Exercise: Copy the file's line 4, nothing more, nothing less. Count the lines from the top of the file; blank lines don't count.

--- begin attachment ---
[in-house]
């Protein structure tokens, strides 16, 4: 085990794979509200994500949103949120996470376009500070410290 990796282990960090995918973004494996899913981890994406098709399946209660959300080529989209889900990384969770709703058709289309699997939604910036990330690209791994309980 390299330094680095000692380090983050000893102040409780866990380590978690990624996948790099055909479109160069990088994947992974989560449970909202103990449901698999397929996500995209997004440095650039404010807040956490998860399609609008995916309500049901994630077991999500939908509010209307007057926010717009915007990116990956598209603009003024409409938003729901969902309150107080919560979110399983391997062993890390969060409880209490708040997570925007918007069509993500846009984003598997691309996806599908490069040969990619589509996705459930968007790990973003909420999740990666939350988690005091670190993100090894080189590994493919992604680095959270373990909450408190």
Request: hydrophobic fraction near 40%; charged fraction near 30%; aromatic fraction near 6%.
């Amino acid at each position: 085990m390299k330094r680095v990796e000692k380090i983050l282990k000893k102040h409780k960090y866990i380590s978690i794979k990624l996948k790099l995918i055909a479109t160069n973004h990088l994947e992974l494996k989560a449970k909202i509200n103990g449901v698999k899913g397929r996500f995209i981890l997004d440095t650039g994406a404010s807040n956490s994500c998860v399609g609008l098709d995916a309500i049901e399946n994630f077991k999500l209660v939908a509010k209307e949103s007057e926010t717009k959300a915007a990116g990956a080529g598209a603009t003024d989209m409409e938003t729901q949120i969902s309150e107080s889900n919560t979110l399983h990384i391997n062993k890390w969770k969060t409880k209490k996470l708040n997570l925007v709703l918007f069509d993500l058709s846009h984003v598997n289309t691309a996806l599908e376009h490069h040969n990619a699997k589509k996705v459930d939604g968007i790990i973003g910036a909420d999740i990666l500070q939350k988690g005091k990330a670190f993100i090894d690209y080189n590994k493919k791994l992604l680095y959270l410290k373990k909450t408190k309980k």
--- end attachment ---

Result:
């Amino acid at each position: 085990m390299k330094r680095v990796e000692k380090i983050l282990k000893k102040h409780k960090y866990i380590s978690i794979k990624l996948k790099l995918i055909a479109t160069n973004h990088l994947e992974l494996k989560a449970k909202i509200n103990g449901v698999k899913g397929r996500f995209i981890l997004d440095t650039g994406a404010s807040n956490s994500c998860v399609g609008l098709d995916a309500i049901e399946n994630f077991k999500l209660v939908a509010k209307e949103s007057e926010t717009k959300a915007a990116g990956a080529g598209a603009t003024d989209m409409e938003t729901q949120i969902s309150e107080s889900n919560t979110l399983h990384i391997n062993k890390w969770k969060t409880k209490k996470l708040n997570l925007v709703l918007f069509d993500l058709s846009h984003v598997n289309t691309a996806l599908e376009h490069h040969n990619a699997k589509k996705v459930d939604g968007i790990i973003g910036a909420d999740i990666l500070q939350k988690g005091k990330a670190f993100i090894d690209y080189n590994k493919k791994l992604l680095y959270l410290k373990k909450t408190k309980k």